Press Break The Post's Rundown of Local and National College Basketball
News Feed - January 6, 2009

When George Washington was at its best, its defense created havoc on the court. The Colonials flustered their opponents with their length and quickness, forcing them into turnovers which led to easy transition baskets.

These days, GW’s opponents are turning the ball over far less regularly than in the past, and as a result, the Colonials’ scoring has dropped significantly. Teams commit just 14.5 turnovers per game against GW (6-6), which averages 64.8 points per game.

“We’re just not as athletic as we have been in the past, and that’s been the major difference,” GW Coach Karl Hobbs said. “That’s been one of our issues in terms of why our scoring is down. We’ve always been a team that’s always averaged in the 70s. Between this year and last year, that’s been one of the contributors to [the low scoring.]

“We’ve been going through sort of re-inventing ourselves a little bit because we’ve had to play a little differently.”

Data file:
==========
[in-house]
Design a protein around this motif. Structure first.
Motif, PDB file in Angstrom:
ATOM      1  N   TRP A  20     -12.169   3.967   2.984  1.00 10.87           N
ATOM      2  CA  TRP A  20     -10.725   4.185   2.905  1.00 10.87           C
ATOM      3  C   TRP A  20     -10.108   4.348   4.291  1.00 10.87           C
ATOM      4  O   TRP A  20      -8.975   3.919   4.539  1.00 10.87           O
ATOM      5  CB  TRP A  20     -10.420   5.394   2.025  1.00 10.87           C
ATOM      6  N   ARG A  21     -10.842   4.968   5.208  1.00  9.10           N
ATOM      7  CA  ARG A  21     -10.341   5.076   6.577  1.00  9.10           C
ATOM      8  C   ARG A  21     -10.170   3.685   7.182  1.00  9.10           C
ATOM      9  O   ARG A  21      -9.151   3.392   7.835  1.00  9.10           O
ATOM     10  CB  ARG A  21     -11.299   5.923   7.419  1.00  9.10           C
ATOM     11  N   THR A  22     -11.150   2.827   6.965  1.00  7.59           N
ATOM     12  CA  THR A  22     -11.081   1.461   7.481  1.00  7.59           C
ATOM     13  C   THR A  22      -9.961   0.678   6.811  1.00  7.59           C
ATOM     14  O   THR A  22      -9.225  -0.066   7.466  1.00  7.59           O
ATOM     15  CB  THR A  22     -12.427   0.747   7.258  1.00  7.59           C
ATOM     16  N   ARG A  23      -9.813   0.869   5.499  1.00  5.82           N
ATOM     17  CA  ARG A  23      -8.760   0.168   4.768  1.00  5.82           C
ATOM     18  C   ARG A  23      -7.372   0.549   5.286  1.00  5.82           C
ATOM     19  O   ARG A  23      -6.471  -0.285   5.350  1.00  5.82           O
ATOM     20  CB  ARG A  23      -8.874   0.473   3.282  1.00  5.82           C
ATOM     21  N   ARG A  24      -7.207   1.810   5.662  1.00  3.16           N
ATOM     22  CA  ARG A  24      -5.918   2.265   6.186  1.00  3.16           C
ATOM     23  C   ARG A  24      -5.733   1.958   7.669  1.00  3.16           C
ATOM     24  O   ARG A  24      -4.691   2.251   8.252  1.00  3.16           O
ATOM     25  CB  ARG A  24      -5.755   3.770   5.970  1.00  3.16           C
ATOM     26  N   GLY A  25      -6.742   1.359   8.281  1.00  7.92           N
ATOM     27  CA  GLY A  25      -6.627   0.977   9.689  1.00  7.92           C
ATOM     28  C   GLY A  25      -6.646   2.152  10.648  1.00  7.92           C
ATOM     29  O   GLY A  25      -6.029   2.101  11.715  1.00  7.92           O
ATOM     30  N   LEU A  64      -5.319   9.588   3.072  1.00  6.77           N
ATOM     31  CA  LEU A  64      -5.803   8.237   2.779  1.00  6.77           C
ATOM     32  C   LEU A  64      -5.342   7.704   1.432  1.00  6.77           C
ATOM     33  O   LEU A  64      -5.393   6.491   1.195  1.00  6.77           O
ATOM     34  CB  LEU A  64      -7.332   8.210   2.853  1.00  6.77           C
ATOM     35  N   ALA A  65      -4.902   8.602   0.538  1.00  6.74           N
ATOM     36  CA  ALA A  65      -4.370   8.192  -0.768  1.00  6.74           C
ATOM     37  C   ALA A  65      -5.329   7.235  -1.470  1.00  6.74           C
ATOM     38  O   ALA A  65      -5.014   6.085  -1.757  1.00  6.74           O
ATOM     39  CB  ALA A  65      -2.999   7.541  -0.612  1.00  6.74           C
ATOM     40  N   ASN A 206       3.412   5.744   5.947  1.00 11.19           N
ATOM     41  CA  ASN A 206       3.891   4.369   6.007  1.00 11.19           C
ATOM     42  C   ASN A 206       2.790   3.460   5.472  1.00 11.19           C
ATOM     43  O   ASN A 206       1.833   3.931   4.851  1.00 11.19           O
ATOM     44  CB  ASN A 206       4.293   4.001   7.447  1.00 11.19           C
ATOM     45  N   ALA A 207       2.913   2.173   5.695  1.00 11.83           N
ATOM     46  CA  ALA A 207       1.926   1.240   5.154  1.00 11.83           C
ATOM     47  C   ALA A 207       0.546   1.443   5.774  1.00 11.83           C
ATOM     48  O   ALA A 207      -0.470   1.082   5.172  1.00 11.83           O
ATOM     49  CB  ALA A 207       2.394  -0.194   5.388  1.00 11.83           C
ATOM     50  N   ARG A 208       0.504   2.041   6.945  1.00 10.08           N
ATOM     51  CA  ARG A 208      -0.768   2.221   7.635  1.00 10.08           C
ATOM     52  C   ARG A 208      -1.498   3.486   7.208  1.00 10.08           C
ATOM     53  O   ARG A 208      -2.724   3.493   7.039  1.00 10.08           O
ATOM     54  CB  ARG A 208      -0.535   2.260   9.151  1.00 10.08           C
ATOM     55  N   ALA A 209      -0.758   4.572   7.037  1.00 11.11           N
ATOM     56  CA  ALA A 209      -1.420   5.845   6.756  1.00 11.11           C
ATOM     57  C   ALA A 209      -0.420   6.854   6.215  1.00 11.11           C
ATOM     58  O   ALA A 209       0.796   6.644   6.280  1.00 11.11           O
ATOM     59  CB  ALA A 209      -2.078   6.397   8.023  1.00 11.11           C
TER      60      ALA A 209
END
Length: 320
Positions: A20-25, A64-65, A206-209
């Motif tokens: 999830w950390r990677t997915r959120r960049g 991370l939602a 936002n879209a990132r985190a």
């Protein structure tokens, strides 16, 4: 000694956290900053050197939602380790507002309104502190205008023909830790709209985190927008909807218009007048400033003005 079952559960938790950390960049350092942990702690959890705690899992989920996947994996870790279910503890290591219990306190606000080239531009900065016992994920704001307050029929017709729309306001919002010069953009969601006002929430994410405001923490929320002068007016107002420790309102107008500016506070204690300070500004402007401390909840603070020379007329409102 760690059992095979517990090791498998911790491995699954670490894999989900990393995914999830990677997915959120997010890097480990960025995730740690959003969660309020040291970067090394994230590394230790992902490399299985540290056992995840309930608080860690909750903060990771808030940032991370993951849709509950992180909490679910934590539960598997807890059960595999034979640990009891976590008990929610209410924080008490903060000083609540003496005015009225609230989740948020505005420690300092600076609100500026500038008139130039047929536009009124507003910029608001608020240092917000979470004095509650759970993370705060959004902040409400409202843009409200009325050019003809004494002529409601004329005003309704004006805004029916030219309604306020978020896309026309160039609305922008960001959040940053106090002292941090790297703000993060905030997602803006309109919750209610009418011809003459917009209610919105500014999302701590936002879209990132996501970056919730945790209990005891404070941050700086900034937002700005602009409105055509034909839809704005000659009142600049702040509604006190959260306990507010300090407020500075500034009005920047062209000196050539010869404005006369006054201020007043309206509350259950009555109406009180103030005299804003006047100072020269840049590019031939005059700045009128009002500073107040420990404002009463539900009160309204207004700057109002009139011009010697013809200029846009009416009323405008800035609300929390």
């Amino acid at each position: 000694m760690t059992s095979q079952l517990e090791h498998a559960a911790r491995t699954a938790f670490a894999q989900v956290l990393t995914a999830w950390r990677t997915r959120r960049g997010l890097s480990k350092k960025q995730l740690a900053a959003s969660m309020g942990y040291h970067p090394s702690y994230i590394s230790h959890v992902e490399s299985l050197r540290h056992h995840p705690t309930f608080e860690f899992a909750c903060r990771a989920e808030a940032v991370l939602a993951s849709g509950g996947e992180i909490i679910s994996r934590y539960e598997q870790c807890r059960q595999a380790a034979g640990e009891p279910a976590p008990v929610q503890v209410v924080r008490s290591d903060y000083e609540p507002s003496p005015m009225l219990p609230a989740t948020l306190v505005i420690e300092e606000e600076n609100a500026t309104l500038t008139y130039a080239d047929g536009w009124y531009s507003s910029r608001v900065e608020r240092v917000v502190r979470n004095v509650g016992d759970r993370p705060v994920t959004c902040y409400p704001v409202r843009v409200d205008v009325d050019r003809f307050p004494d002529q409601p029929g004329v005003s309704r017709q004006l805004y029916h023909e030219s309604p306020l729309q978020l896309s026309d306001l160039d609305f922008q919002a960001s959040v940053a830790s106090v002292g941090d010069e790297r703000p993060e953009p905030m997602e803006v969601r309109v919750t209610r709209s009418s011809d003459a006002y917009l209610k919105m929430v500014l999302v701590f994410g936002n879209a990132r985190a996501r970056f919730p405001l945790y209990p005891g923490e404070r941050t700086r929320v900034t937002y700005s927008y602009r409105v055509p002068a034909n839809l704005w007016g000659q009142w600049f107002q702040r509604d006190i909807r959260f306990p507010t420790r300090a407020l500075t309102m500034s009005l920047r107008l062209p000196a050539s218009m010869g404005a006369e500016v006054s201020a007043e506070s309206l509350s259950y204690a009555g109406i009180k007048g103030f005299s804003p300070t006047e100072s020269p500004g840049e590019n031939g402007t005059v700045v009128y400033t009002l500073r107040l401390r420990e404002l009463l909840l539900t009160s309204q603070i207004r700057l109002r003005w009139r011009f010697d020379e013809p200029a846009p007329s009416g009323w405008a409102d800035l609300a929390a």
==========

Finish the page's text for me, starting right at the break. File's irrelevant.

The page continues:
In the 2005-06 season when GW went 27-3, the Colonials forced 17.8 turnovers per game and scored 78.7 points per game. The following season, they forced 16.8 turnovers per game and scored 70.2 points per game on their way to a 23-9 record. During last season’s 9-17 campaign, they forced 13.2 turnovers per game and scored 63.4 points per game.

Hobbs said the team is still adjusting to its new defensive style, which has led to occasional breakdowns. The Colonials play less man-to-man defense and more zone and lack a strong player underneath the basket to provide a last line of defense.

“We’re playing a lot different defensively,” he said. “We’re not pressuring as much as we have in the past, and hopefully we’ll find out over these next few weeks what works.”

In the past, GW’s most productive offense was a steal followed by a sprint down the court for a dunk or layup. But now that the Colonials are no longer successful playing full-court, they’ve had to find ways to score from half-court sets. So far, the strategy has been slow-going.

“We’re more a deliberate team,” Hobbs said. “We’re not fast-breaking as much. We’re really trying to slow the game down a little bit. We normally would like to play the game in the high 70s to the 80s and now we’re playing games in the 60s.”

By Kathy Orton  |  January 6, 2009; 12:08 PM ET
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